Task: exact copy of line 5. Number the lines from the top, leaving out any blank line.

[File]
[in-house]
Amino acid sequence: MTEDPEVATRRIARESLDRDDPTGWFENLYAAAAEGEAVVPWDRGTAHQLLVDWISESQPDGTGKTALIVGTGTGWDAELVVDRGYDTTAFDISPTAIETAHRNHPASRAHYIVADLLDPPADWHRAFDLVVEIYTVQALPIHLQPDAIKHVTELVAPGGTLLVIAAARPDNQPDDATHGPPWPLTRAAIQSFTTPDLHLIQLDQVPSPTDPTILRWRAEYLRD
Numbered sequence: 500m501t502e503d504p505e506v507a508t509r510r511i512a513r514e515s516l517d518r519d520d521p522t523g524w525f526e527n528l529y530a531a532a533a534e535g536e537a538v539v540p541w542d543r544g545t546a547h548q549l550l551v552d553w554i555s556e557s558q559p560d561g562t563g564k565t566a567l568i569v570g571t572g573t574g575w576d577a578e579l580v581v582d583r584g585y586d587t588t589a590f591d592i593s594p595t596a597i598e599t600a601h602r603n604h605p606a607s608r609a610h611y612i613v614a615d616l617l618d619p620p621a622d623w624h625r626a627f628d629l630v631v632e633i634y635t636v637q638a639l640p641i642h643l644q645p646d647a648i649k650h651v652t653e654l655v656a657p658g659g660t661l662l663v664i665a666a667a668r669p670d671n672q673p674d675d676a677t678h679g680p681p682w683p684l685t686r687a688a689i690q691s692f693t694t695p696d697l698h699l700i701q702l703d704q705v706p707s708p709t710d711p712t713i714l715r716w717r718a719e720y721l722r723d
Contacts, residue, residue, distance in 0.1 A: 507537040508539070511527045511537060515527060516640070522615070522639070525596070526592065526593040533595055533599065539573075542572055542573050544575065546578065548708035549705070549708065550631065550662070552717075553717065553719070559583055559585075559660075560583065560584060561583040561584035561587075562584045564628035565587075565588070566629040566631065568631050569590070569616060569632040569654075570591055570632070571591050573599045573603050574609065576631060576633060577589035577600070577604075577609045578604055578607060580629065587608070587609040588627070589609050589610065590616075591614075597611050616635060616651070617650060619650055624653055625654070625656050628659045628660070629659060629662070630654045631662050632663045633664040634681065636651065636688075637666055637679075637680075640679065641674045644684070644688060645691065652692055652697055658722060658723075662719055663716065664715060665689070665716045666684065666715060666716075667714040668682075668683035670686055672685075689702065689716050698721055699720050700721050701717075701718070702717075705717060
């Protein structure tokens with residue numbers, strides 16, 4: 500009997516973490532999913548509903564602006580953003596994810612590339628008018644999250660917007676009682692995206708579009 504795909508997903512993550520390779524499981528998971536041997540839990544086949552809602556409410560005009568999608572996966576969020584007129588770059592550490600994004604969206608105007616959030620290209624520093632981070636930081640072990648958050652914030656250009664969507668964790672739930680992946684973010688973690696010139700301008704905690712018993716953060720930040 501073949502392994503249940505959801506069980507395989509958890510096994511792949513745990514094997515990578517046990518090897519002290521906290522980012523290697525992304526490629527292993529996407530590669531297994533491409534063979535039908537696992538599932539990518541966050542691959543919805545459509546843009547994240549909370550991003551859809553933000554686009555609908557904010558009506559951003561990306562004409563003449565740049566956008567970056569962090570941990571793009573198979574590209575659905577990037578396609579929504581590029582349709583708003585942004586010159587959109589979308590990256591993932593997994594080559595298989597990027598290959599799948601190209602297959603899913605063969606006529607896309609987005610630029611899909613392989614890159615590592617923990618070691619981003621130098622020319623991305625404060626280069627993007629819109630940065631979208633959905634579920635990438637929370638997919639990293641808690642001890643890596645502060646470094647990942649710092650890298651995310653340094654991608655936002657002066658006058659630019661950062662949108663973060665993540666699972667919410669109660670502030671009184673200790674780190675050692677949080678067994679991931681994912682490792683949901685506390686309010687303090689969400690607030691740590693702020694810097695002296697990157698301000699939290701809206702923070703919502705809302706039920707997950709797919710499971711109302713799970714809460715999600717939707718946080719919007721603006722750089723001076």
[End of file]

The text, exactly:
């Protein structure tokens with residue numbers, strides 16, 4: 500009997516973490532999913548509903564602006580953003596994810612590339628008018644999250660917007676009682692995206708579009 504795909508997903512993550520390779524499981528998971536041997540839990544086949552809602556409410560005009568999608572996966576969020584007129588770059592550490600994004604969206608105007616959030620290209624520093632981070636930081640072990648958050652914030656250009664969507668964790672739930680992946684973010688973690696010139700301008704905690712018993716953060720930040 501073949502392994503249940505959801506069980507395989509958890510096994511792949513745990514094997515990578517046990518090897519002290521906290522980012523290697525992304526490629527292993529996407530590669531297994533491409534063979535039908537696992538599932539990518541966050542691959543919805545459509546843009547994240549909370550991003551859809553933000554686009555609908557904010558009506559951003561990306562004409563003449565740049566956008567970056569962090570941990571793009573198979574590209575659905577990037578396609579929504581590029582349709583708003585942004586010159587959109589979308590990256591993932593997994594080559595298989597990027598290959599799948601190209602297959603899913605063969606006529607896309609987005610630029611899909613392989614890159615590592617923990618070691619981003621130098622020319623991305625404060626280069627993007629819109630940065631979208633959905634579920635990438637929370638997919639990293641808690642001890643890596645502060646470094647990942649710092650890298651995310653340094654991608655936002657002066658006058659630019661950062662949108663973060665993540666699972667919410669109660670502030671009184673200790674780190675050692677949080678067994679991931681994912682490792683949901685506390686309010687303090689969400690607030691740590693702020694810097695002296697990157698301000699939290701809206702923070703919502705809302706039920707997950709797919710499971711109302713799970714809460715999600717939707718946080719919007721603006722750089723001076």